Money laundering in Iowa is any of a number of techniques that hide the source of money, usually to conceal the fact that the money was acquired through criminal activity. Money laundering itself is a crime, and it is often charged alongside other crimes.
What money laundering does
When someone earns money through doing a crime, such as selling drugs, it can be difficult to explain where the money came from. If the amount of money is large enough, it needs to be declared on tax forms somehow, and it needs to appear as though it came from a legal source. Otherwise, spending the money will attract attention from law enforcement. Money laundering makes the money from criminal activity seem to originate from a legal source. A classic example is taking a large amount of cash and depositing it into bank accounts slowly, over time, so that it does not attract suspicion. This may require the help of several people physically carrying cash to various banks.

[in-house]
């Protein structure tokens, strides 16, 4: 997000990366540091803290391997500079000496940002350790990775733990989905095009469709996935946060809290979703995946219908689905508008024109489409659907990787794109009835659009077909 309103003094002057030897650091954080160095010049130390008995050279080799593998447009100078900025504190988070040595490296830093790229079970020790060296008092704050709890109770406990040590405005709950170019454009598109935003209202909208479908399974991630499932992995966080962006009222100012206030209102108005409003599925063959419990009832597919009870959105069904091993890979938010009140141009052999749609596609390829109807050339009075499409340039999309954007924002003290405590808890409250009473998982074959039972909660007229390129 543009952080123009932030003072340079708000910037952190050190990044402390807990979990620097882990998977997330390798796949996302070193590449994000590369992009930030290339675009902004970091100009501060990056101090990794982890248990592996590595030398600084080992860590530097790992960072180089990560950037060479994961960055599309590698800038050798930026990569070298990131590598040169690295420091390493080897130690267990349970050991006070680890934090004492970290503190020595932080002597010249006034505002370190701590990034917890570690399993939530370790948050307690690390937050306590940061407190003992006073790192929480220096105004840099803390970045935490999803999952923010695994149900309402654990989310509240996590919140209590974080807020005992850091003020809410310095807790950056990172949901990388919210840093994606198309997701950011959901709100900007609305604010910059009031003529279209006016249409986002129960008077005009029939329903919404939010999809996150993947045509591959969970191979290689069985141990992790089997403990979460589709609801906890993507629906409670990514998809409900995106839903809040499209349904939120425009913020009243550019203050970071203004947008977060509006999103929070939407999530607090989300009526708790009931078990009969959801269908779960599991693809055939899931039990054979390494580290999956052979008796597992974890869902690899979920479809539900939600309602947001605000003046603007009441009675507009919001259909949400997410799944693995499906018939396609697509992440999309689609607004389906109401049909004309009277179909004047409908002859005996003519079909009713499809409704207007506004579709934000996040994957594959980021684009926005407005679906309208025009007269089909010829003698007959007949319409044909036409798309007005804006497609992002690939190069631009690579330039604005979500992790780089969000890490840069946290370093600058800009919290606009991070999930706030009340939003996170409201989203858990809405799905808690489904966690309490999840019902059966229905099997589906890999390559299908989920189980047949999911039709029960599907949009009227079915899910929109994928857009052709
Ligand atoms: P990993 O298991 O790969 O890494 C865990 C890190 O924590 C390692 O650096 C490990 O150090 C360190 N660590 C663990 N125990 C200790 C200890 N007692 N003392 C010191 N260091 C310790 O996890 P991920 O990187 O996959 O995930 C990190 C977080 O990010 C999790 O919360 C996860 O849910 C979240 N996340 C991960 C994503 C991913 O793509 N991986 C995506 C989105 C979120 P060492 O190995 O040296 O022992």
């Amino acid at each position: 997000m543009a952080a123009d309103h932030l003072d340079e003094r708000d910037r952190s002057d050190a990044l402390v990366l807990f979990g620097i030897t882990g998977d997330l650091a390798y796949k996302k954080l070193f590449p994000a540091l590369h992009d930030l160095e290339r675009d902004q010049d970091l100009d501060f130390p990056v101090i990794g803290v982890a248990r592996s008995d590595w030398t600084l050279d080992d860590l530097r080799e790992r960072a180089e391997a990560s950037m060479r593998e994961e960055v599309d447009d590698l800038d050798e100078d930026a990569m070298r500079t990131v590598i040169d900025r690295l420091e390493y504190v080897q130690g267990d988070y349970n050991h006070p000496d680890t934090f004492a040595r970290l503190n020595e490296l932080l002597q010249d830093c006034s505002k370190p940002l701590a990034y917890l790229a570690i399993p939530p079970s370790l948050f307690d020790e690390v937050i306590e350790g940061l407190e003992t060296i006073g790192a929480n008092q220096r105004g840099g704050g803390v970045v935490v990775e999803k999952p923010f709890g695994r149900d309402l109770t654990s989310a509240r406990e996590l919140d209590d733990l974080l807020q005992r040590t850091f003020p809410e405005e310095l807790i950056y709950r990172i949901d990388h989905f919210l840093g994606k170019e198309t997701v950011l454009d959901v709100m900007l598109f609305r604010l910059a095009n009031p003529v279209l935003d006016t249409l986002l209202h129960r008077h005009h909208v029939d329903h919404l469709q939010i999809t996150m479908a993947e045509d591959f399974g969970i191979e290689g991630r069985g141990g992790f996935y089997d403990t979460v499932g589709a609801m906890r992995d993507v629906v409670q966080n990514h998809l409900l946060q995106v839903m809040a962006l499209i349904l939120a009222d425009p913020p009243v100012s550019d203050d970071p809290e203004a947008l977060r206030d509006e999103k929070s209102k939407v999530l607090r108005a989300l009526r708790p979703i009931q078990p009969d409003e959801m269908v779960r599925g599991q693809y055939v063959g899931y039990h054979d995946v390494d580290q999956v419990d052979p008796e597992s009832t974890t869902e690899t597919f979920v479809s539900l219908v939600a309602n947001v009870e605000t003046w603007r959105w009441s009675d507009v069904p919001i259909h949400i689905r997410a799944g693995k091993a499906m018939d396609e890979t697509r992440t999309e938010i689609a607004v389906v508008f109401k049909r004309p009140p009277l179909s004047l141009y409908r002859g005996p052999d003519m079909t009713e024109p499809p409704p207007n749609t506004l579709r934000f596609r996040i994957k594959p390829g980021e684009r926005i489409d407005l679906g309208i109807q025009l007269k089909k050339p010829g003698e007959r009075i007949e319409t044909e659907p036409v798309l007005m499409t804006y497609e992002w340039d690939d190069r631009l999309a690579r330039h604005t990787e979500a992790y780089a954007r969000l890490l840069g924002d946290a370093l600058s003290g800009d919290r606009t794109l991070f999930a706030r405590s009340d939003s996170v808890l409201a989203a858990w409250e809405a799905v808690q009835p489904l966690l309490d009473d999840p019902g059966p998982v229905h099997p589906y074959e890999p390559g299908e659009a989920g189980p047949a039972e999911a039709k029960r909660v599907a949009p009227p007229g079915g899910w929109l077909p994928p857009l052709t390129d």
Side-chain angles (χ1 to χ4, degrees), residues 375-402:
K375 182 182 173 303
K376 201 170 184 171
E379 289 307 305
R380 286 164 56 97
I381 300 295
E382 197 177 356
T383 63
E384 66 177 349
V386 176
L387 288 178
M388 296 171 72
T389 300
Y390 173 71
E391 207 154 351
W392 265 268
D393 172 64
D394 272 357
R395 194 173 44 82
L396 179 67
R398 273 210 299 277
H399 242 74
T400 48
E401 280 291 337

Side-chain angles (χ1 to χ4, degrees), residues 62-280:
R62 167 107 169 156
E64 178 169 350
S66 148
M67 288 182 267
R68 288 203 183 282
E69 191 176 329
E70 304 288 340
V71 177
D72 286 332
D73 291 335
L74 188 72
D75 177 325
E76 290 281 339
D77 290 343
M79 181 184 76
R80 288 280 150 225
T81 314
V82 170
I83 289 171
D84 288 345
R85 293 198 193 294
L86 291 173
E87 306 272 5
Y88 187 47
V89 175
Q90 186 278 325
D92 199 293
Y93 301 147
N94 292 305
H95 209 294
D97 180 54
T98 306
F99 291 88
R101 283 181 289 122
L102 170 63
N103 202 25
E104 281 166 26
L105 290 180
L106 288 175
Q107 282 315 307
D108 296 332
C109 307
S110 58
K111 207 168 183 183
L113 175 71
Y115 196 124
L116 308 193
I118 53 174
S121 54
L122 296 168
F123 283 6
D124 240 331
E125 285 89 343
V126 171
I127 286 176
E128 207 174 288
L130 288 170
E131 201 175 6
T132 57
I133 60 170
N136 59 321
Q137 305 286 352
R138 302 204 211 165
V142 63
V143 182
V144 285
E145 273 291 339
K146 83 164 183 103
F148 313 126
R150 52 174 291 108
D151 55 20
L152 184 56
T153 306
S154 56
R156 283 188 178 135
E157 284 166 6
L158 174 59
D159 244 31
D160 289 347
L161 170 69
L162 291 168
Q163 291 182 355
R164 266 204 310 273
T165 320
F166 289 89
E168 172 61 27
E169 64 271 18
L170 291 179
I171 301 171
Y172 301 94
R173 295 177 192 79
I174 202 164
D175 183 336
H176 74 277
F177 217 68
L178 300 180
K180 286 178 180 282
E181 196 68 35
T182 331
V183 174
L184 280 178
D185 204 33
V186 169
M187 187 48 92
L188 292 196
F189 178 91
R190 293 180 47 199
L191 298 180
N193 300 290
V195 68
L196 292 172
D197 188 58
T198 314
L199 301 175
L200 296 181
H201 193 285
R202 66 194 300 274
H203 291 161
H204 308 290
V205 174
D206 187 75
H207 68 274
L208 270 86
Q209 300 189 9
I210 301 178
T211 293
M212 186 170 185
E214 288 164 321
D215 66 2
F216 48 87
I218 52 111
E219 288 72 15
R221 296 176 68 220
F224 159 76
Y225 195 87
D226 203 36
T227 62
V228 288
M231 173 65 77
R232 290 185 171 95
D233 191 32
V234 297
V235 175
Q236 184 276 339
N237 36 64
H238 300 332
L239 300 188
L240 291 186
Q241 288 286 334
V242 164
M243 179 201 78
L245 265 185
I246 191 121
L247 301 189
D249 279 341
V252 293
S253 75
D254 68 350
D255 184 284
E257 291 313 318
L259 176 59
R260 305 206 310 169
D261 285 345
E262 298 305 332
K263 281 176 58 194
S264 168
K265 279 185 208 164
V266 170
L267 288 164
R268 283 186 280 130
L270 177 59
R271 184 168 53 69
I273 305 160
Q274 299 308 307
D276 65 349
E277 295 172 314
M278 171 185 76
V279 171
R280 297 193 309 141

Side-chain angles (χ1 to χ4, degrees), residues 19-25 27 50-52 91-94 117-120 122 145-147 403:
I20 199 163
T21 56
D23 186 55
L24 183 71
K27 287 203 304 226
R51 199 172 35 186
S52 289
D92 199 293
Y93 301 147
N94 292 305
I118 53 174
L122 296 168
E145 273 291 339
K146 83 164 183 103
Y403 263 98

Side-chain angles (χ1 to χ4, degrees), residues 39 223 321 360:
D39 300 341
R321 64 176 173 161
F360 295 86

Modern money laundering
Today, cryptocurrency has simplified much of the work of money laundering. Criminals can buy crypto with their illegally-sourced money, pass it through lots of exchanges and transactions to make it hard to trace, and then hold onto the final crypto accounts and withdraw them as needed. Crypto is harder to monitor than money in bank accounts. Crypto has played a major role in covering up and enabling financial crimes.
Money laundering happens when criminals want to hide how they got their money. It is a crime that is often difficult to prove if the criminal has done some research and uses a sophisticated approach.